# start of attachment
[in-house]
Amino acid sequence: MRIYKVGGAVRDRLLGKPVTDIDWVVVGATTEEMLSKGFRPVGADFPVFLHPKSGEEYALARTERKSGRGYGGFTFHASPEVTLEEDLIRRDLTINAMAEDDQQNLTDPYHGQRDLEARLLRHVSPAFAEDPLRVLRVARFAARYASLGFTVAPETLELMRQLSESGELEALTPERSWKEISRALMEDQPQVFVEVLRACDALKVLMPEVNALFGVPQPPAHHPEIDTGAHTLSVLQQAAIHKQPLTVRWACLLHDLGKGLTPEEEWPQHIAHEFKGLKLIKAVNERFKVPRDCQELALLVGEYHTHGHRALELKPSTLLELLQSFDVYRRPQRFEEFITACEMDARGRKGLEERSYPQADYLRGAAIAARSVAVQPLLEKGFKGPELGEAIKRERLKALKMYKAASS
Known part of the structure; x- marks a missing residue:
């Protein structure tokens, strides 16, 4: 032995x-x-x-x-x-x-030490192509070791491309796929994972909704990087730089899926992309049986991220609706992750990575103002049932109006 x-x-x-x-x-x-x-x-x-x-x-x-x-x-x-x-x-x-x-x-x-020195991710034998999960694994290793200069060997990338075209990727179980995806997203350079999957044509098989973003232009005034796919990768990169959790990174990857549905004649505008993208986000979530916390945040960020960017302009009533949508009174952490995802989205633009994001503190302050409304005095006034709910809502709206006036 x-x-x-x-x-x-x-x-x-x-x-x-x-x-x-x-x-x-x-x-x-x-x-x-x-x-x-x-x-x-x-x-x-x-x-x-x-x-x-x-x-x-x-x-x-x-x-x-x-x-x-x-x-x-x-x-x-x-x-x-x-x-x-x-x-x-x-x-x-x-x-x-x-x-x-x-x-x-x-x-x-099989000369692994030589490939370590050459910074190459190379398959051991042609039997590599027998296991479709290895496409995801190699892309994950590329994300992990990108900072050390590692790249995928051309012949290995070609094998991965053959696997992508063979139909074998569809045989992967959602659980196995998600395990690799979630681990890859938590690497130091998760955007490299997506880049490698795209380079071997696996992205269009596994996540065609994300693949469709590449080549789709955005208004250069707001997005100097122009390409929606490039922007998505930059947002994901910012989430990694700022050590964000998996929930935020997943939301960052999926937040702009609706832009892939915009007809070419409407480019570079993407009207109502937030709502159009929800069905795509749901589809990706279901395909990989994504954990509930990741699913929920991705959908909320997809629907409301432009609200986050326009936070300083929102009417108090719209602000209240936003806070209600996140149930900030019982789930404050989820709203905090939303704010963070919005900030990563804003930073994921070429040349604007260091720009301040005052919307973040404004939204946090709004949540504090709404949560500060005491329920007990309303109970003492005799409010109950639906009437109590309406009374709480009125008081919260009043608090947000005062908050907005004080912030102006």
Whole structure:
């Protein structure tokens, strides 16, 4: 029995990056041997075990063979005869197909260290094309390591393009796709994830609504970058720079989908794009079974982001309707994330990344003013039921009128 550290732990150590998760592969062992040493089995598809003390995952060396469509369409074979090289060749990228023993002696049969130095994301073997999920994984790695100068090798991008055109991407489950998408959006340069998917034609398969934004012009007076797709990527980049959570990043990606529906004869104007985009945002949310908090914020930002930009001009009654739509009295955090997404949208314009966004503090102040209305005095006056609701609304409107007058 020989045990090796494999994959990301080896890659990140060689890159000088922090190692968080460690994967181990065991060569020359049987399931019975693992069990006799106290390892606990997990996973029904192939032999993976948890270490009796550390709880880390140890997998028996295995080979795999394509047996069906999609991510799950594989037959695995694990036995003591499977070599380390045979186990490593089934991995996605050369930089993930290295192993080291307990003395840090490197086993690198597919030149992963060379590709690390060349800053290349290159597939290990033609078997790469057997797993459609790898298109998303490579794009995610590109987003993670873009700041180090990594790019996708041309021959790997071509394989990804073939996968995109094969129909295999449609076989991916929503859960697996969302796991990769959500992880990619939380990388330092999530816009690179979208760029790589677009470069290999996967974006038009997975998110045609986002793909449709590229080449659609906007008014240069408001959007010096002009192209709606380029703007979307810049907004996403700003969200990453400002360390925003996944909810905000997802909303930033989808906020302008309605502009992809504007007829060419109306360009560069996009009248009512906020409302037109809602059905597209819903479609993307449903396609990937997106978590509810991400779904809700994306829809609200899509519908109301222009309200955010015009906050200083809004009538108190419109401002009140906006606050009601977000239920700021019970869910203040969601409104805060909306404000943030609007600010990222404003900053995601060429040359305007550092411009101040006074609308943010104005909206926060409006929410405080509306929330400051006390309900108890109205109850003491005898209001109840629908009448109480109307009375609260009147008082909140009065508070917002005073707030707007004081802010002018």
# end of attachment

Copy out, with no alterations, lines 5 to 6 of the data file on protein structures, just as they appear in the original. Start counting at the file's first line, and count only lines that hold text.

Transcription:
Whole structure:
């Protein structure tokens, strides 16, 4: 029995990056041997075990063979005869197909260290094309390591393009796709994830609504970058720079989908794009079974982001309707994330990344003013039921009128 550290732990150590998760592969062992040493089995598809003390995952060396469509369409074979090289060749990228023993002696049969130095994301073997999920994984790695100068090798991008055109991407489950998408959006340069998917034609398969934004012009007076797709990527980049959570990043990606529906004869104007985009945002949310908090914020930002930009001009009654739509009295955090997404949208314009966004503090102040209305005095006056609701609304409107007058 020989045990090796494999994959990301080896890659990140060689890159000088922090190692968080460690994967181990065991060569020359049987399931019975693992069990006799106290390892606990997990996973029904192939032999993976948890270490009796550390709880880390140890997998028996295995080979795999394509047996069906999609991510799950594989037959695995694990036995003591499977070599380390045979186990490593089934991995996605050369930089993930290295192993080291307990003395840090490197086993690198597919030149992963060379590709690390060349800053290349290159597939290990033609078997790469057997797993459609790898298109998303490579794009995610590109987003993670873009700041180090990594790019996708041309021959790997071509394989990804073939996968995109094969129909295999449609076989991916929503859960697996969302796991990769959500992880990619939380990388330092999530816009690179979208760029790589677009470069290999996967974006038009997975998110045609986002793909449709590229080449659609906007008014240069408001959007010096002009192209709606380029703007979307810049907004996403700003969200990453400002360390925003996944909810905000997802909303930033989808906020302008309605502009992809504007007829060419109306360009560069996009009248009512906020409302037109809602059905597209819903479609993307449903396609990937997106978590509810991400779904809700994306829809609200899509519908109301222009309200955010015009906050200083809004009538108190419109401002009140906006606050009601977000239920700021019970869910203040969601409104805060909306404000943030609007600010990222404003900053995601060429040359305007550092411009101040006074609308943010104005909206926060409006929410405080509306929330400051006390309900108890109205109850003491005898209001109840629908009448109480109307009375609260009147008082909140009065508070917002005073707030707007004081802010002018």